On the Plains, the coldest air of the season—accompanied by a few snow showers—is spreading across northern areas. The northern Plains’ winter wheat is entering dormancy under nearly ideal conditions, but portions of the central and southern Plains remain unfavorably dry.
Across the Corn Belt, dry weather favors final corn harvest efforts. Among the major production states, only Pennsylvania (90%), Wisconsin (93%), and North Dakota (95%) had not harvested more than 95% of their corn by November 14.
In the South, mild, dry weather is promoting late-season fieldwork and the development of winter grains and cool-season pastures. Although the Southeastern cotton harvest remains ahead of the normal pace, more than one-fifth (21%) of Georgia’s crop was still in the field on November 14.
In the West, the cotton harvest continues in Arizona and is nearing completion in California. In the Northwest, abundant precipitation is favoring winter grains and boosting high-elevation snow packs.
A broad area of high pressure will maintain mostly dry weather from central and southern Plains to the Atlantic Coast, with increasingly warm conditions developing over the central and southeastern U.S.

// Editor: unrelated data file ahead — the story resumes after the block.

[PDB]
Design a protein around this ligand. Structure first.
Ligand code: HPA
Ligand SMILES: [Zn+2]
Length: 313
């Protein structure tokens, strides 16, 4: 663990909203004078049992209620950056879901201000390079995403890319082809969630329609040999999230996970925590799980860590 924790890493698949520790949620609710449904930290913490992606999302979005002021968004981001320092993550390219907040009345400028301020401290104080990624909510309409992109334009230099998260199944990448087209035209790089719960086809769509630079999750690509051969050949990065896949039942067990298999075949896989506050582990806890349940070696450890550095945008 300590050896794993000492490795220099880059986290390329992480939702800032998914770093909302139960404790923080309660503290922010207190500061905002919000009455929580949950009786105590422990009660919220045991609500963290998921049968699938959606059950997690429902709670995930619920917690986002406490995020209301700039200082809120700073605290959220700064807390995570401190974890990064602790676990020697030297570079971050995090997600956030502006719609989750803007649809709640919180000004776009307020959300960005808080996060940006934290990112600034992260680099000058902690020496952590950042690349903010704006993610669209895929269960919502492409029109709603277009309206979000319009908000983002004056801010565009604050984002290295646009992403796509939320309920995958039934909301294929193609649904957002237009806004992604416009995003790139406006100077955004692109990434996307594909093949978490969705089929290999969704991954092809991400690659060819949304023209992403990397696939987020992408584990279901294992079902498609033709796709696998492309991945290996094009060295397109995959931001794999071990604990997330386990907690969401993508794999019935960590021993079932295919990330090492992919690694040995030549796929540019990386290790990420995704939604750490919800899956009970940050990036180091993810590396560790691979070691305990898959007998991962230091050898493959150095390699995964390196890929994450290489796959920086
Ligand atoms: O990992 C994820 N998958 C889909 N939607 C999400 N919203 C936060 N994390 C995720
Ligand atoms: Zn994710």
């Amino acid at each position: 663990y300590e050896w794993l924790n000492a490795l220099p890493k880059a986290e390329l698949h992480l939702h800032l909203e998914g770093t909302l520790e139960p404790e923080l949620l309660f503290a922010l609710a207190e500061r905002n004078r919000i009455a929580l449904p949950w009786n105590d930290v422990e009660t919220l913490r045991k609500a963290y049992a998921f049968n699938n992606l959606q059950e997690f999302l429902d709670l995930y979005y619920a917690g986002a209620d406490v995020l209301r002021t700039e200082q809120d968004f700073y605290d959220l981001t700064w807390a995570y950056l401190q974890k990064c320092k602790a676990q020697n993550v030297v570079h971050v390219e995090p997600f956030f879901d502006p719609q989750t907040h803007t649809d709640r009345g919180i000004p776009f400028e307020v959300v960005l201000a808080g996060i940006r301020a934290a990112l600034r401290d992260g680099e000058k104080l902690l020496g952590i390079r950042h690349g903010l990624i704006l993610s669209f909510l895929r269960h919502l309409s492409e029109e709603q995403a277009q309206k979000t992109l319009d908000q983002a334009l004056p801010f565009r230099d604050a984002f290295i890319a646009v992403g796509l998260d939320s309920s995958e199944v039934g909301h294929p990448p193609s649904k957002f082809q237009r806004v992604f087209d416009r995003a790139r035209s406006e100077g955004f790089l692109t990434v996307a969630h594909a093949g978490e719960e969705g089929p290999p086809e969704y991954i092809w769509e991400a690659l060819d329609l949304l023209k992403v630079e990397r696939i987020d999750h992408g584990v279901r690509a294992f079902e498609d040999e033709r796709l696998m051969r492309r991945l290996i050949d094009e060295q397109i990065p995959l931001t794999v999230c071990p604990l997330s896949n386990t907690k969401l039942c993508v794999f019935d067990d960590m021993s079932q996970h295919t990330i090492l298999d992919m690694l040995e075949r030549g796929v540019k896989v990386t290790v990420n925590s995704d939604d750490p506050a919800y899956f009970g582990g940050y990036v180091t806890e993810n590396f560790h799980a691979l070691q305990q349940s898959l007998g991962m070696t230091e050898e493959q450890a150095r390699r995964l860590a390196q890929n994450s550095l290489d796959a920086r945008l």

A few light showers are possible in the central Corn Belt and Delta, although heavier precipitation will develop next week in the Ohio and Tennessee Valleys.
Farther north, arctic air coupled with a series of Pacific disturbances will lead to periods of snow across northern portions of the Rockies and Plains; this arctic air will begin to push south and east during the middle of the week. Cold, unsettled weather—with locally heavy mountain snow—is expected from California into the central Rockies.
Looking ahead, the 6- to 10-day outlook calls for colder-than-normal conditions over much of the U.S., with above-normal temperatures confined to the Southeastern Coast. Meanwhile, wetter (snowier)-than-normal weather across most of the eastern U.S. will contrast with below-normal precipitation in the Plains, Rockies, and Great Basin.